|Born: 19 February 1473, Torun, Polish Kingdom
Died: 24 May 1543, Prince-Bishopric of Warmia, Polish Kingdom
Nicolaus Copernicus is a German-Polish astronomer who first formulated the theory of a heliocentric universe, with the Sun at the center. This theory, later outlined in his book On the Revolutions of the Celestial Spheres, began the Copernican revolution, which was a cornerstone of the scientific revolution, when science and the occult became more and more distinct from each other.
Controversy against Copernicus’ theory was very scarce initially. Even the clergy approached the idea with an open mind when the Archbishop of Capua (southern Italy) wrote Copernicus a letter, encouraging him to spread the idea and send him his writings. The full Revolutions ,however, wasn’t printed until shortly before Copernicus’ death. After Copernicus’ passing, his book attracted a much greater deal of controversy, with prominent members of the clergy condemning heliocentrism, mostly becuase it contradicted the Bible. Galileo Galilei, one of Copernicus’ most well-known supporters, was infamously convicted for heresy in 1633, placing him under house arrest for the rest of his life.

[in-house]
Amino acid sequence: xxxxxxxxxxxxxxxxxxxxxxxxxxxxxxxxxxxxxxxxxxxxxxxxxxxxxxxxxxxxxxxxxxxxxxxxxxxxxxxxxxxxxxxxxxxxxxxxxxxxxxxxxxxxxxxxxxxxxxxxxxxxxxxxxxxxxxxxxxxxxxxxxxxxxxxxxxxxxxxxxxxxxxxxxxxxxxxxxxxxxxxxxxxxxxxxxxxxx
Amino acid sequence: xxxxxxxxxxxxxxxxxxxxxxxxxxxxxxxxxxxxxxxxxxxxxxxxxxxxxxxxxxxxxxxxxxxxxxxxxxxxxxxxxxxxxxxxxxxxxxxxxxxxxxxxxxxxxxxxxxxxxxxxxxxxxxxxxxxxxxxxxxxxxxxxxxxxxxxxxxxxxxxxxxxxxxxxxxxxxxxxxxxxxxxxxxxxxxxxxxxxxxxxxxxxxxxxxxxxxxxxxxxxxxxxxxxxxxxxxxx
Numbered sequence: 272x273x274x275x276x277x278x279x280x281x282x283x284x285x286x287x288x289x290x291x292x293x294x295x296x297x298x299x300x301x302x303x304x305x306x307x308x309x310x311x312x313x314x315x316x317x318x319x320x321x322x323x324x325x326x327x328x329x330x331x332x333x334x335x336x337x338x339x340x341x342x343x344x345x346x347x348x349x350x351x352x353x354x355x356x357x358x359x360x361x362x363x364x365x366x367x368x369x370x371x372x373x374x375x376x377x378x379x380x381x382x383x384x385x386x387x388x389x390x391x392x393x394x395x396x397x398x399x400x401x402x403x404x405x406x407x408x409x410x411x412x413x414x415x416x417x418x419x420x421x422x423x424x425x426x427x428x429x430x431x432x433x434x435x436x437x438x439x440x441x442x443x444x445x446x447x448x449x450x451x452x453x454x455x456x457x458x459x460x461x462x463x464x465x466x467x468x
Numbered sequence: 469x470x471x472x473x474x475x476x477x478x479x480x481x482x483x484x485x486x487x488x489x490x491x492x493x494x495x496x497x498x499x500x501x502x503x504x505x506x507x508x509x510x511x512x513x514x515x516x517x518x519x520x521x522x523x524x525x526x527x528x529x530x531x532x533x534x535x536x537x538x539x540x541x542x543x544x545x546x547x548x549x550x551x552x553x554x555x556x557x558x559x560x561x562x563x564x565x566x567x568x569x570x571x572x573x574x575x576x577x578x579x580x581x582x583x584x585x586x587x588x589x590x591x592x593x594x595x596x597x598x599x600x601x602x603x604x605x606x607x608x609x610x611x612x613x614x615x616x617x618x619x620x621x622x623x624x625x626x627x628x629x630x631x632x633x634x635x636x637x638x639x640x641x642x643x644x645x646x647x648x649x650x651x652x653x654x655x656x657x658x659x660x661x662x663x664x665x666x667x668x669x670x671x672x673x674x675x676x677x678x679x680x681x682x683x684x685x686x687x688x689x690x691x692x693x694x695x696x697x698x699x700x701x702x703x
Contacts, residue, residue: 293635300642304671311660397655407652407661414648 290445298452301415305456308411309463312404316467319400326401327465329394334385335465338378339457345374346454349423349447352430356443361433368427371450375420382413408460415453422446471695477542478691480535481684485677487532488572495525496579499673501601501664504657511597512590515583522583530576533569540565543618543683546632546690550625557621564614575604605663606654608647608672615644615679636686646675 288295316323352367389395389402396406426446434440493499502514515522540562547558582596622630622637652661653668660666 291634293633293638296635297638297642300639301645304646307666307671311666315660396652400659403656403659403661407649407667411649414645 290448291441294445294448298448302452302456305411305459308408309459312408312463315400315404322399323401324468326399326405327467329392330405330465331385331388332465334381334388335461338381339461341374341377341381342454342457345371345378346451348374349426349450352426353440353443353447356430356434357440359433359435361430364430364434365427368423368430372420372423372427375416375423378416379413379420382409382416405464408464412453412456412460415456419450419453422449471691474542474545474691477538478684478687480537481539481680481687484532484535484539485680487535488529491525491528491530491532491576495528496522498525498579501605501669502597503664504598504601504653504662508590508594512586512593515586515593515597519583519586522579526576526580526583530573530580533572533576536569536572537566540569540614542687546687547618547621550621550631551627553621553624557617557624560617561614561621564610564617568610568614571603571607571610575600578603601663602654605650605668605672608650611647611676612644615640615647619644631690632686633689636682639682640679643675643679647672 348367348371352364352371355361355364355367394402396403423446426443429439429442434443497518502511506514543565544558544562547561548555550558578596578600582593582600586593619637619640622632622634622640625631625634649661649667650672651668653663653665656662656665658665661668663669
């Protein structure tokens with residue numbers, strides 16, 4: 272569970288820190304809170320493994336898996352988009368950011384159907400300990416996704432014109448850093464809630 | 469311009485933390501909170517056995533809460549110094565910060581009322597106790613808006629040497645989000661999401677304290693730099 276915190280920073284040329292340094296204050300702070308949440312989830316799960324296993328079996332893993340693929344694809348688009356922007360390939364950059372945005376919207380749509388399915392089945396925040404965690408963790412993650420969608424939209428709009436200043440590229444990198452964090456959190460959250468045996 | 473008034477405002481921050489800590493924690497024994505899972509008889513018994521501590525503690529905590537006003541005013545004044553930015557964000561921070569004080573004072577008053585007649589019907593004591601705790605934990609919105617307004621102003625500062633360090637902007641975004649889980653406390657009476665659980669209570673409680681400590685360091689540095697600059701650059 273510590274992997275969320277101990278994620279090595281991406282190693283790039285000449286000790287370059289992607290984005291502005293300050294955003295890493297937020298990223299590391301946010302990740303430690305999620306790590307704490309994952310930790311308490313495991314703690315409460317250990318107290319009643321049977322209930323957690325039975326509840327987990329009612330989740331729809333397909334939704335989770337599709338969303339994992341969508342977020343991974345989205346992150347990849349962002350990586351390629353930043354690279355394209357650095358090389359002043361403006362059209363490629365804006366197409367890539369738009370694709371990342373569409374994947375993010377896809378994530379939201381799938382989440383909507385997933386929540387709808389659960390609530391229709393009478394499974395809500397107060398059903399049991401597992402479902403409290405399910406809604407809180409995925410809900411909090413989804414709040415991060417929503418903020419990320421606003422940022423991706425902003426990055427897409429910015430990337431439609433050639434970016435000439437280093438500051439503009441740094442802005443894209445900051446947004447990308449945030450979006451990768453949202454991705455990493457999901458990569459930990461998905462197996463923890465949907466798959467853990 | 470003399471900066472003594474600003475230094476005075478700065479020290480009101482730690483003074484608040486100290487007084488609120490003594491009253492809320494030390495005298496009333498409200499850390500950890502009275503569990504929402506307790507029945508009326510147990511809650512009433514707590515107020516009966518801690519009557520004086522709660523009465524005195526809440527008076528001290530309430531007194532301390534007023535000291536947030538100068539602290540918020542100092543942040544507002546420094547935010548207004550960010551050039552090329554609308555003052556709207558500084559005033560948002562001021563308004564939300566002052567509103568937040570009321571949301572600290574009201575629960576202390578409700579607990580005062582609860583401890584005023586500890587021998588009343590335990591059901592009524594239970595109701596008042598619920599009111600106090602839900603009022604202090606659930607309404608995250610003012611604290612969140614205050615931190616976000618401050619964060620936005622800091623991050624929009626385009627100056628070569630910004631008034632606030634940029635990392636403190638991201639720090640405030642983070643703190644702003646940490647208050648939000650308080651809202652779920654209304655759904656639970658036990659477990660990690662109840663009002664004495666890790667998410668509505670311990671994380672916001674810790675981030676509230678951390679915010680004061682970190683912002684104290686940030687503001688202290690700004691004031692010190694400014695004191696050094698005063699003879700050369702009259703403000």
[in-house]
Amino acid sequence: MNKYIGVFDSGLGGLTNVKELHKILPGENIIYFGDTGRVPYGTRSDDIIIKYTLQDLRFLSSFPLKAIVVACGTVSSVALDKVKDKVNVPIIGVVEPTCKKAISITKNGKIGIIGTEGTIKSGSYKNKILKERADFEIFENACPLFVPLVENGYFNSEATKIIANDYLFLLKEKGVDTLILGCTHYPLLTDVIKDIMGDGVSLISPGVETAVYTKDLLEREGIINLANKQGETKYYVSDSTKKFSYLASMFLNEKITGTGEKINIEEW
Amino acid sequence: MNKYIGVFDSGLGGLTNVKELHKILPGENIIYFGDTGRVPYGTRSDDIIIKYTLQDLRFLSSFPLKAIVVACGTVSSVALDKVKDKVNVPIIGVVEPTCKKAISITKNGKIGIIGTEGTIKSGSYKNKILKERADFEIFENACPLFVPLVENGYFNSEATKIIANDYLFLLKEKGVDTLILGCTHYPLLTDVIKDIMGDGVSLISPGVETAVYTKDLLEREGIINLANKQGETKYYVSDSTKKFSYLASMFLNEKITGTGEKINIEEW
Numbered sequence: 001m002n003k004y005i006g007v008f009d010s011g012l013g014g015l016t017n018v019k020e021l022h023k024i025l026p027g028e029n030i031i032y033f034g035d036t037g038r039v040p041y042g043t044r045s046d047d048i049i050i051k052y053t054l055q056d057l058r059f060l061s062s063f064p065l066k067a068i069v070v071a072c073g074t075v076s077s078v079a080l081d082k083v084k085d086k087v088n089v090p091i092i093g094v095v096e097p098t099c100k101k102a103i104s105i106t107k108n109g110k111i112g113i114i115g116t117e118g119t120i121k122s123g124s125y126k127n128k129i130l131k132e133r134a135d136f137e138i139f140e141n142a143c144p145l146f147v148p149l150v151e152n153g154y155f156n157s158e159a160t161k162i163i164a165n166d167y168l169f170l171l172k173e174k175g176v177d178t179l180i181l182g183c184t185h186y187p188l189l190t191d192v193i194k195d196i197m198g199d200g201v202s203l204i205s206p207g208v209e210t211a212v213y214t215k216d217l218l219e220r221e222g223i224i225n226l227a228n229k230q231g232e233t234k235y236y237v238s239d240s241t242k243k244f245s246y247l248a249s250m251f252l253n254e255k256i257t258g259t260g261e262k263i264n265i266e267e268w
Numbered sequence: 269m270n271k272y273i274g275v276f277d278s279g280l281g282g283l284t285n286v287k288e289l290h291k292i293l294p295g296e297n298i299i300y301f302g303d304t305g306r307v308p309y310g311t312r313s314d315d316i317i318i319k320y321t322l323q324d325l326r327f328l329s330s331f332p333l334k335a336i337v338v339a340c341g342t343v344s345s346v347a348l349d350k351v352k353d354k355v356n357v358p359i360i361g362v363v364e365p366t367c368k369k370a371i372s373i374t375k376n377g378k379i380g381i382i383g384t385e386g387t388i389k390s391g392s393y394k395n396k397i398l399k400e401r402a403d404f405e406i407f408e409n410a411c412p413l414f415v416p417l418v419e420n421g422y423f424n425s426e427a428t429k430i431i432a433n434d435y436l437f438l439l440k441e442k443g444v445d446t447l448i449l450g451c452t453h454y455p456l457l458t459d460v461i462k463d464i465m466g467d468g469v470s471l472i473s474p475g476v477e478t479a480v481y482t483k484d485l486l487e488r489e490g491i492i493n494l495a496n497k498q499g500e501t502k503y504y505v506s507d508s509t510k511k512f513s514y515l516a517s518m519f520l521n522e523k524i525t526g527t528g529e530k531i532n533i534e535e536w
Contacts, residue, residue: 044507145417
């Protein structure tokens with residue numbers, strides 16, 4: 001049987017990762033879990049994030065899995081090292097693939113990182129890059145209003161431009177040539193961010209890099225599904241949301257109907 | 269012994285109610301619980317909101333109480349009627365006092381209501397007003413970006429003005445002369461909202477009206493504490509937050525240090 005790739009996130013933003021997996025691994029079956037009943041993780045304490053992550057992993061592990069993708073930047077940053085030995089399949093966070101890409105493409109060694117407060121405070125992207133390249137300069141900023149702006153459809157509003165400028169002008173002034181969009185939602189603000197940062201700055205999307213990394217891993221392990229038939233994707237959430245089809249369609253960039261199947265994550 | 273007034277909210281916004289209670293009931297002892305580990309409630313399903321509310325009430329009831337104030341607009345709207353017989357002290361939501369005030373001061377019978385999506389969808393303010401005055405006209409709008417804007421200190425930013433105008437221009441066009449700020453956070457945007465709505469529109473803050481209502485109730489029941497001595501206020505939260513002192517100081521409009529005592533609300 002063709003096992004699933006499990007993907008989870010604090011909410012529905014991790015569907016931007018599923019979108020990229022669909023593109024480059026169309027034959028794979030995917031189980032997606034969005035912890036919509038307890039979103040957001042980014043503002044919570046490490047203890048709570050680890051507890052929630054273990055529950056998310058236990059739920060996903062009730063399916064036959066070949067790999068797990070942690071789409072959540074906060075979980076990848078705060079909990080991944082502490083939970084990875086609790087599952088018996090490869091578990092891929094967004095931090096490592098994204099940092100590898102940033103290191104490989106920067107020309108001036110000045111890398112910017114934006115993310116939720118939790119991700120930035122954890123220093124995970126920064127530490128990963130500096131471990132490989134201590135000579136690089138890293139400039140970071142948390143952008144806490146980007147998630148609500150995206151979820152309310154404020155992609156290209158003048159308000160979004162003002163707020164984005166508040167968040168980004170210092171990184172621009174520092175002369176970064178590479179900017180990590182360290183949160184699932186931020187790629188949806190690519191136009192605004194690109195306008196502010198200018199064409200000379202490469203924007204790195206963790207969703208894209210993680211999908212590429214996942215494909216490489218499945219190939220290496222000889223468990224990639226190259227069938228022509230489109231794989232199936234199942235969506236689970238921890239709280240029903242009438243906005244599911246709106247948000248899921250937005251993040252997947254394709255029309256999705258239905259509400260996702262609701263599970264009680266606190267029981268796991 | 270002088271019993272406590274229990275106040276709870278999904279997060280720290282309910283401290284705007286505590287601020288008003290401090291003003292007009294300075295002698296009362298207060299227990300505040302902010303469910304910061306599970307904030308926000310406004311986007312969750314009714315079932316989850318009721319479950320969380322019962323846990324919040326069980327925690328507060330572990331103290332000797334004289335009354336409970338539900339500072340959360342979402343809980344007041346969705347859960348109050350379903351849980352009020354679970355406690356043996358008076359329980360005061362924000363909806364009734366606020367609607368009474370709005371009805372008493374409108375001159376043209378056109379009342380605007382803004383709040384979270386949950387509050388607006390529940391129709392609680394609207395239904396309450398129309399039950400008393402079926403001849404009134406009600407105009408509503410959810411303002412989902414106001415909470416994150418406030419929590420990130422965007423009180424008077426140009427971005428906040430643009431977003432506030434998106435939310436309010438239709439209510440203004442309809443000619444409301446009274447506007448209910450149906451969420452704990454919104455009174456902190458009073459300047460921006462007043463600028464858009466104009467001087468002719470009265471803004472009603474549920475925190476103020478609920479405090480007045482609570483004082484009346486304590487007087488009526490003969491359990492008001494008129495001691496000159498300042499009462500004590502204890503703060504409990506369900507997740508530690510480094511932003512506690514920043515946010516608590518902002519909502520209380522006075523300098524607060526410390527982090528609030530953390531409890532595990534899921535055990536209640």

Works defending heliocentrism were on the Catholic Church’s list of banned books until 1758 and the original uncensored Revolutions wasn’t removed from the list until 1835. In 2005, Copernicus’ remains were exhumed and given a proper burial in 2010, with the tombstone shaped like a golden sun with 6 planets surrounding it.
Awards and Recognition